6

I have upgraded Ubuntu to 12.04 and now I have a problem in logging in after locking the screen: it says the password is incorrect even though I provide the valid password. I found a temporary solution by switching users and logging in again with the same user.

  • I'd report a bug if anybody can reproduce it. If you can reproduce it, drop a comment... – ζ-- May 2 '12 at 17:57
  • Having the same issue... on Ubuntu Mate 18.04... oddly this only occurred on my laptop after a clean install... I have installed other machines, including my desktop and there I've never had the issue... strange! I'll try the suggestion flagged as "accepted answer". – Manu Sep 10 '18 at 20:57
9

I had the same issue. It is likely the ownership is wrong for /etc/shadow (See section "gnome-screensaver authentication failure with incorrect /etc/shadow permissions" of this page).

You need to sudo chown root:shadow /etc/shadow then sudo chmod u=r,g=r /etc/shadow See this bug report.

The interesting question is "Why ownership changed?". Because I don't remember changing it.

  • Thanks it worked for me! For some unknown reason, the group ownership was "root" instead of "shadow" for /etc/shadow on my laptop. Resetting the group ownership to "shadow" solved the issue :-) – Manu Sep 11 '18 at 7:26
5

I could resolve this issue with the following permission changes:

sudo chown root:shadow /etc/gshadow
sudo chown root:shadow /etc/gshadow-
sudo chown root:shadow /etc/shadow
sudo chown root:shadow /etc/shadow-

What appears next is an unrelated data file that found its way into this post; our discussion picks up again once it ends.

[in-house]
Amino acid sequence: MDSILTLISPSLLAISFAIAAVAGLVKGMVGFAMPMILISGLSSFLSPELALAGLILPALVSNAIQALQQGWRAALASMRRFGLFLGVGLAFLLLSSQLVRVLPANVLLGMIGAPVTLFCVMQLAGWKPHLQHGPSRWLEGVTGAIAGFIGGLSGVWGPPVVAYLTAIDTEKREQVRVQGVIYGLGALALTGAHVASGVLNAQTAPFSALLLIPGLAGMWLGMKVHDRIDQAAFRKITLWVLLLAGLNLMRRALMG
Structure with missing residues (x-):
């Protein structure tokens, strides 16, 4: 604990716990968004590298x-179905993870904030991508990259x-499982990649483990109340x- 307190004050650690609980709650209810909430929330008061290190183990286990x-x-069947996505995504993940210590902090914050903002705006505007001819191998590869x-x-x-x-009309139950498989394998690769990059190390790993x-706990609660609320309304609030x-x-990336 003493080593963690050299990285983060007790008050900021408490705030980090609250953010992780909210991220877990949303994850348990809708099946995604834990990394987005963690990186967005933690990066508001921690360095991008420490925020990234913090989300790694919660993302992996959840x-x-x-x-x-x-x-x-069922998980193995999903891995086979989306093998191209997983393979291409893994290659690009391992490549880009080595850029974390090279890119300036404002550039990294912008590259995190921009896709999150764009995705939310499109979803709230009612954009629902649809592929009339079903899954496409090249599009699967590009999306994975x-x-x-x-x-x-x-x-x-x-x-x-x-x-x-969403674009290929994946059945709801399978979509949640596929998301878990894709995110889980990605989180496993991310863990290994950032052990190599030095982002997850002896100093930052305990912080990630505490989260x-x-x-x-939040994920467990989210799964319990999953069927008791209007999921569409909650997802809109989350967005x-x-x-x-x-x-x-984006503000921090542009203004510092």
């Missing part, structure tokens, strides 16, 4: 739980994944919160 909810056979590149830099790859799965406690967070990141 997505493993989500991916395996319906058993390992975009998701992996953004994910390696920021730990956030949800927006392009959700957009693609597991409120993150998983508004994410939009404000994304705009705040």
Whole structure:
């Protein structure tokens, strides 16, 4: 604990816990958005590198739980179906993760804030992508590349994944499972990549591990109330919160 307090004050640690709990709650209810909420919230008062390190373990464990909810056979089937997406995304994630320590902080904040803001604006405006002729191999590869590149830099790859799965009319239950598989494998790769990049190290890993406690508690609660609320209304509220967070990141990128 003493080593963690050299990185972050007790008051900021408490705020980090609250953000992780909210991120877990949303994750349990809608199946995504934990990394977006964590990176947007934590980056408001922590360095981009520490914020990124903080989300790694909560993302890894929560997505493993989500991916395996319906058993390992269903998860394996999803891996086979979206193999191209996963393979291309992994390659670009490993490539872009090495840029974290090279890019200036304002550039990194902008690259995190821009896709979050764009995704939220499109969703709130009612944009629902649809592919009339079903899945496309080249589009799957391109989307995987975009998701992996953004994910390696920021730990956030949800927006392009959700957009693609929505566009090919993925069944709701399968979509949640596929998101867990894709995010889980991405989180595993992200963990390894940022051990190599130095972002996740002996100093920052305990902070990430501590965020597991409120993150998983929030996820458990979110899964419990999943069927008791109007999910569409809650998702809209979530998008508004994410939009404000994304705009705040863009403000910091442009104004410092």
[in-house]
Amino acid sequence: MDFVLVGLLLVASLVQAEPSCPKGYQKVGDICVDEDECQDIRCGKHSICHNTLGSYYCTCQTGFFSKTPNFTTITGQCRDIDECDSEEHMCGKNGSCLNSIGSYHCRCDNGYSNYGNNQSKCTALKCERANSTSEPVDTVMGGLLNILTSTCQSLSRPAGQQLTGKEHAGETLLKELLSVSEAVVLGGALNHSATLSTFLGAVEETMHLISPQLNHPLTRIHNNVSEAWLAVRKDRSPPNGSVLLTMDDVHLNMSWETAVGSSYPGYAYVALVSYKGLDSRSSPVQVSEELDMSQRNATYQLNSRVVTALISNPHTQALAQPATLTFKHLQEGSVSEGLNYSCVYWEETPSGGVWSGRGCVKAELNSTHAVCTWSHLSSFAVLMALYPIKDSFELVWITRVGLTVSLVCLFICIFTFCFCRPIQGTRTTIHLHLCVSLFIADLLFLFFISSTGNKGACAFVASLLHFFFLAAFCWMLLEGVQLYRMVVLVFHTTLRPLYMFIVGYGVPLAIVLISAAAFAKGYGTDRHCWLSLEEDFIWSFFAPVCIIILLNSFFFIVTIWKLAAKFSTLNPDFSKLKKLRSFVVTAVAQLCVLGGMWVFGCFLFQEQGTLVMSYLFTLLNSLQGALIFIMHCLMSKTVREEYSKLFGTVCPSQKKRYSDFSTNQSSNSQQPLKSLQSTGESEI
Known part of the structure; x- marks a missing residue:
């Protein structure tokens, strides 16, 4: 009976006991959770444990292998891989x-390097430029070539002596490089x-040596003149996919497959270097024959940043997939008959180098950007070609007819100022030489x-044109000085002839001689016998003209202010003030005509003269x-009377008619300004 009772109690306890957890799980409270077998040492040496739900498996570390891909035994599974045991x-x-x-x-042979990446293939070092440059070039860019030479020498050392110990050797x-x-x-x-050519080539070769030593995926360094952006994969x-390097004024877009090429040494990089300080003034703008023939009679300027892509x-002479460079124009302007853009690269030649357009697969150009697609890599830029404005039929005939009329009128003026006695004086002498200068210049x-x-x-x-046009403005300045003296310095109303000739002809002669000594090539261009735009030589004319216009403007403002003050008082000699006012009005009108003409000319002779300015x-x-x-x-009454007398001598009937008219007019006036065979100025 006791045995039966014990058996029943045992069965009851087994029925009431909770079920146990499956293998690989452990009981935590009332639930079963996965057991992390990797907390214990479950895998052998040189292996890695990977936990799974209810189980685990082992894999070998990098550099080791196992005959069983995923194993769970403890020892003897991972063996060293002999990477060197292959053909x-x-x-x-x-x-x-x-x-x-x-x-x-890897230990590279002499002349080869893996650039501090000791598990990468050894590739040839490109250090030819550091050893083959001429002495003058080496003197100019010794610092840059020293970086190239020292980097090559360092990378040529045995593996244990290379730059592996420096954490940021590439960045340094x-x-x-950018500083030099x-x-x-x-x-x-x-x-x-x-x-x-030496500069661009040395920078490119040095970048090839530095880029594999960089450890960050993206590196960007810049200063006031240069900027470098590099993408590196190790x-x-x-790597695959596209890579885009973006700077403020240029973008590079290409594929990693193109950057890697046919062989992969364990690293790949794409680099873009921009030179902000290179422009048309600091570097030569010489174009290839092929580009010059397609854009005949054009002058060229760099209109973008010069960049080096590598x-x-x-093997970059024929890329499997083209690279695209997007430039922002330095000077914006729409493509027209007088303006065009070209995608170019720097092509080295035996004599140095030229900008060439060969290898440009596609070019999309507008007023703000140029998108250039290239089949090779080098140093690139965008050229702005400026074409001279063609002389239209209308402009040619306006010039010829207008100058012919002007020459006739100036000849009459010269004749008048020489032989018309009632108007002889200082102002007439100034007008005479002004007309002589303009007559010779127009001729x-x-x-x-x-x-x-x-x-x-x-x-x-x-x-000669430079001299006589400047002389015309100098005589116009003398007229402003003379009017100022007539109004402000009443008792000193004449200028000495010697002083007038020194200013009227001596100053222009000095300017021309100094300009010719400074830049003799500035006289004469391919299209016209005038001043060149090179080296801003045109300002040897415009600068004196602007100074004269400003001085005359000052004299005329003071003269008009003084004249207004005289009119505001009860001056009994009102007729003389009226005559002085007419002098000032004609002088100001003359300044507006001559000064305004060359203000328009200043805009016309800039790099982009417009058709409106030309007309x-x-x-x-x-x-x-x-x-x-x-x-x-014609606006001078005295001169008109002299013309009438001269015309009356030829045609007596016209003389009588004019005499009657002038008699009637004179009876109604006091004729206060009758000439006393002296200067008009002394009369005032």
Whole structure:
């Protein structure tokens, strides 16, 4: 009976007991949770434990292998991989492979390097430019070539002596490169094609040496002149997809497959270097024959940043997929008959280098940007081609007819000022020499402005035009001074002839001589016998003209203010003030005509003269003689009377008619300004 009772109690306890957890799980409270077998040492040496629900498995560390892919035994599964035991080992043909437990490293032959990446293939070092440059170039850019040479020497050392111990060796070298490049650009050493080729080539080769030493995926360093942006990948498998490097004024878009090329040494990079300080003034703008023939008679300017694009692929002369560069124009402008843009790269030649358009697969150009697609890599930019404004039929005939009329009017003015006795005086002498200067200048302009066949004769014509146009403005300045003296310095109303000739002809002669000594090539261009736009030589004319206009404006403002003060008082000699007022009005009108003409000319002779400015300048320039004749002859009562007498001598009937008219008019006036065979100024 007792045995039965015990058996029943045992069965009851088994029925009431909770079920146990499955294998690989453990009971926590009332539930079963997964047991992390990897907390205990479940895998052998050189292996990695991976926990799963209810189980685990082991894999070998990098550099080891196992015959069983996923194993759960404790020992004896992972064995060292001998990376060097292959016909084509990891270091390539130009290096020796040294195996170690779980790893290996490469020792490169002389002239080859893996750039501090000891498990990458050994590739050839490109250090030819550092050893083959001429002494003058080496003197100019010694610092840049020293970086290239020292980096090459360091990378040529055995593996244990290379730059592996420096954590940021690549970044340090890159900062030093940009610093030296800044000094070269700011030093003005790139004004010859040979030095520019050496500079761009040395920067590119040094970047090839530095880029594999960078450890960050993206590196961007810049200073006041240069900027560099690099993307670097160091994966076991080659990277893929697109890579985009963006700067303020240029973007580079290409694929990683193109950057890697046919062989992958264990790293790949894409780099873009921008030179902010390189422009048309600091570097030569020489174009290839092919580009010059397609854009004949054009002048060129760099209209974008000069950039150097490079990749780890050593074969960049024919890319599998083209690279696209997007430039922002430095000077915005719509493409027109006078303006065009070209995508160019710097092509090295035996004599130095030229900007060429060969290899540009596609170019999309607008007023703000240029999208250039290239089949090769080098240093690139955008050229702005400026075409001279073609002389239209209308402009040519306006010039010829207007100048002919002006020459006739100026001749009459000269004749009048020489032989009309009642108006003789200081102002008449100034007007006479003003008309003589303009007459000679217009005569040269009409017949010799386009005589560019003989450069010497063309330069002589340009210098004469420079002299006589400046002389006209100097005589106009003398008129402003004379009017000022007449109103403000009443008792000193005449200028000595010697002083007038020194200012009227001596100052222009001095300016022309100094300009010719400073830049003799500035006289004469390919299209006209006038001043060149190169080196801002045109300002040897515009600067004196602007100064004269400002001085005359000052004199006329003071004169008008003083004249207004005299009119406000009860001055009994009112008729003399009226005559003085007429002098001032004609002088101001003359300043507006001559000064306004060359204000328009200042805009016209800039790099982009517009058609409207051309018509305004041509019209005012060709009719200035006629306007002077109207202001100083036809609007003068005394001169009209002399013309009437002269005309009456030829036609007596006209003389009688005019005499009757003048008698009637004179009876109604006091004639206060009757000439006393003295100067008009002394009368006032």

Found here: http://ubuntuforums.org/showthread.php?t=1006366

  • Albeit less informative as the answer above, this is also a correct answer, thanks! ;-) – Manu Sep 11 '18 at 7:31
0

Had this problem on Ubuntu 16.04. Found the solution in http://ubuntuforums.org/showthread.php?t=1006366 (linked in fret's answer):

chmod 2755 /sbin/unix_chkpwd

In my case, unix_chkpwd had lost its setgid bit when I copied my entire filesystem to a new machine using tar.

-1

I am using Ubuntu 14.04 and I had the same issue

By mistake I ran a chown on the root filesystem (Yikes!) and since then I started having the issue described here.

I ran the command given in oshobov's answer, but that did not work for me, but using my own account instead of root made it work.

sudo chown your-username:shadow /etc/shadow
  • 2
    /etc/shadow must not be owned by any other account than root! – guntbert Oct 5 '14 at 16:33

protected by Community Dec 24 '14 at 13:57

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